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Amid pandemic and busway, lotus blooms as mural enlivens 14th Sreet pedestrian zones

This month, the Union Square Partnership unveils a brand-new street mural installation along the pedestrian areas of the 14th Street busway between Broadway and Union Square West.

Titled “Ripples of Peace and Calm,” the 7,500-square-foot artwork is designed by Ji Yong Kim, a Sunset Park, Brooklyn-based visual artist, and educator. The mural is presented in partnership with the city Department of Transportation’s art program to highlight the increased pedestrian spaces created by the 14th Street busway.

The street mural was installed over a five-day period from May 23 to May 27 with the help of community partners and volunteers.

From left, Manhattan Borough President Mark Levine, Executive Director Jennifer Falk of the Union Square Partnership and artist Ji Yong Kim, at 14th Street and Union Square South as the mural was being painted on Wed., May 25. Falk held a color guide detailing what shade each part of the mural should be painted. (Photo by Jane Kratochvil, courtesy U.S.P.)

The design of “Ripples of Peace and Calm” features lotus flowers, floating leaves and swimming koi fish, evoking traditional East Asian paintings. According to artist Kim, lotus flowers are often found in murky, hazy ponds, but grow and reach for the light, eventually blooming a beautiful flower above muddy water. In that way, the growth and resilience of the lotus symbolizes New York’s collective experience emerging from the pandemic to a brighter, more hopeful future.

In addition to the lotus flowers, the koi fish in the mural symbolizes good luck and prosperity, as well as perseverance against hardship.

The mural also celebrates the antithesis of hate, spreading peace and calm in response to acts of violence directed toward Asians throughout the pandemic.

The new mural flanks the 14th Street busway on either side of the narrowed street, helping to indicate that these areas have been removed from use for motor vehicles. (Photo by Jane Kratochvil, courtesy U.S.P.)

“Union Square is a gathering place where people have historically, and will always, come together to stand up against injustices and make their voices heard,” said Jennifer Falk, executive director of the Union Square Partnership Business Improvement District. “Union Square Partnership is honored to welcome Ji Yong Kim’s work to 14th Street, and we celebrate this vital message of resilience, solidarity and unity with the Asian-American Pacific Islander community. The mural beautifully encapsulates the strength and resilience that all New Yorkers have demonstrated over the past two years.”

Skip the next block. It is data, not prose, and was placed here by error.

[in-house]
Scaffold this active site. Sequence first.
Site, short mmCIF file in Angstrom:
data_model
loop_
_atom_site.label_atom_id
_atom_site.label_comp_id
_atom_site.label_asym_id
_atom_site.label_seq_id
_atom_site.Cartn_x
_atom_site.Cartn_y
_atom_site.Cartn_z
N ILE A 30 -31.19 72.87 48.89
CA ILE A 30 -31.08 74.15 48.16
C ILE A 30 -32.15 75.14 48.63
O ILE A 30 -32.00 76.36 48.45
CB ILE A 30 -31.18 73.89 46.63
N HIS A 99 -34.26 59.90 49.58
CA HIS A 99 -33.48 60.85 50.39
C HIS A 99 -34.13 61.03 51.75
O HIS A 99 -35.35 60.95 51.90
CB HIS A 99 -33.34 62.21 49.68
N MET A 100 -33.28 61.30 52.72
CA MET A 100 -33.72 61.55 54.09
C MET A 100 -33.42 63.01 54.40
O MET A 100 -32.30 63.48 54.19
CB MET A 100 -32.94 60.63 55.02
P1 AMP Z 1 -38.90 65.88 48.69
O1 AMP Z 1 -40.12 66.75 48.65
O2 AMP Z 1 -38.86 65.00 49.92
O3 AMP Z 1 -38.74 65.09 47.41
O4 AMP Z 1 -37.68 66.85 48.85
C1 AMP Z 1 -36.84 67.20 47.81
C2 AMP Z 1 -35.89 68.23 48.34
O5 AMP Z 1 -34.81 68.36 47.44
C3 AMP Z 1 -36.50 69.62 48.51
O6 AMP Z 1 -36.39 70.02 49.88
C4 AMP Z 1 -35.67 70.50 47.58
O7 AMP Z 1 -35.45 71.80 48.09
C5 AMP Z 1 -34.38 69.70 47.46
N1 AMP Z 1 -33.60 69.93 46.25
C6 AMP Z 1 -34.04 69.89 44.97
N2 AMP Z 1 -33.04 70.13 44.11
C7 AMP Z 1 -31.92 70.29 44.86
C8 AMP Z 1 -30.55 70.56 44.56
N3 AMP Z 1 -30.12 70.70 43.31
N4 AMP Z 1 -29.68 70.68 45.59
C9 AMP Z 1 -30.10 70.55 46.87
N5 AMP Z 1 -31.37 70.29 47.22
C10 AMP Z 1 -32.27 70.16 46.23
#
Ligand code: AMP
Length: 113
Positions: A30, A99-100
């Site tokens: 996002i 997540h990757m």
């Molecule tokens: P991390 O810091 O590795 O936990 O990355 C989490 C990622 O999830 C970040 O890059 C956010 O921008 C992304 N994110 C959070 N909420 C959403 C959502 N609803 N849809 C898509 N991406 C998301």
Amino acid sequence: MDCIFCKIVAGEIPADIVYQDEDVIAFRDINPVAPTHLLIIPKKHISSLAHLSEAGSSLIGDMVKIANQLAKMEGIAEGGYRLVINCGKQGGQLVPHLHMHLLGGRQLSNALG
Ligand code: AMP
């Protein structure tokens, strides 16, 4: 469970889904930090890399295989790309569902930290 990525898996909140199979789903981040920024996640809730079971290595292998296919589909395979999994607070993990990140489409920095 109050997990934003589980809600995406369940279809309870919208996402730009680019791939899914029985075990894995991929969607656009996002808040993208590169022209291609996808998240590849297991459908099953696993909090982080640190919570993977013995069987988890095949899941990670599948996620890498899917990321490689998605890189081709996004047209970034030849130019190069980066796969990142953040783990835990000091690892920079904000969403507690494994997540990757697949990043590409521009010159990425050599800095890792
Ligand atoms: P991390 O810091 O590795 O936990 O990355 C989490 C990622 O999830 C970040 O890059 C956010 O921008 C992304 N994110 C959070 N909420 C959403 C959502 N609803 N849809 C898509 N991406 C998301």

“I want viewers in Union Square to find themselves standing on vibrating water, finding a rhythm of peace, calm and message of hope,” Kim said. “Throughout the pandemic, I became acutely aware of being Asian and often feared being targeted by Asian hate crime. My immediate response was anger, hatred and mistrust reciprocated in equal proportion. However, I come to realize that this is the wrong reaction. Responding in hate only further divides and alienates us. Thus, I designed this mural to be an antithesis of hate, resonating with peace and calm.”

“The “Ripples of Peace and Calm” mural is a beautiful addition to 14th Street that will enhance the experience of everyone who travels on or visits this part of the corridor, which has improved travel times for crosstown commuters,” said D.O.T. Manhattan Borough Commissioner Edward Pincar, Jr. “We thank Ji Yong Kim, the Union Square Partnership and the community partners and volunteers who came together to make this installation possible and are helping to make 14th Street between Broadway and Union Square an even more attractive destination for all.”

Jennifer Falk and Mark Levine helped paint the new street mural on Wed., May 25. (Photo by Jane Kratochvil, courtesy U.S.P.)

Despite strong opposition from Greenwich Village and Chelsea residents, some of whom filed a lawsuit that delayed the project, D.O.T. implemented the 14th Street busway project in October 2019 as a new transit-and-truck-priority upgrade for the crosstown thoroughfare. Today, the street is often so quiet, especially in the evenings, that one could almost hear a pin drop. The agency views the 14th Street busway as “a street-design prototype for the city at large.”

The center of the busway crosses the heart of Union Square, where sidewalk extensions were installed to create additional space for walking. “Ripples of Peace and Calm” is the second artwork painted on the new pedestrian areas on 14th Street.

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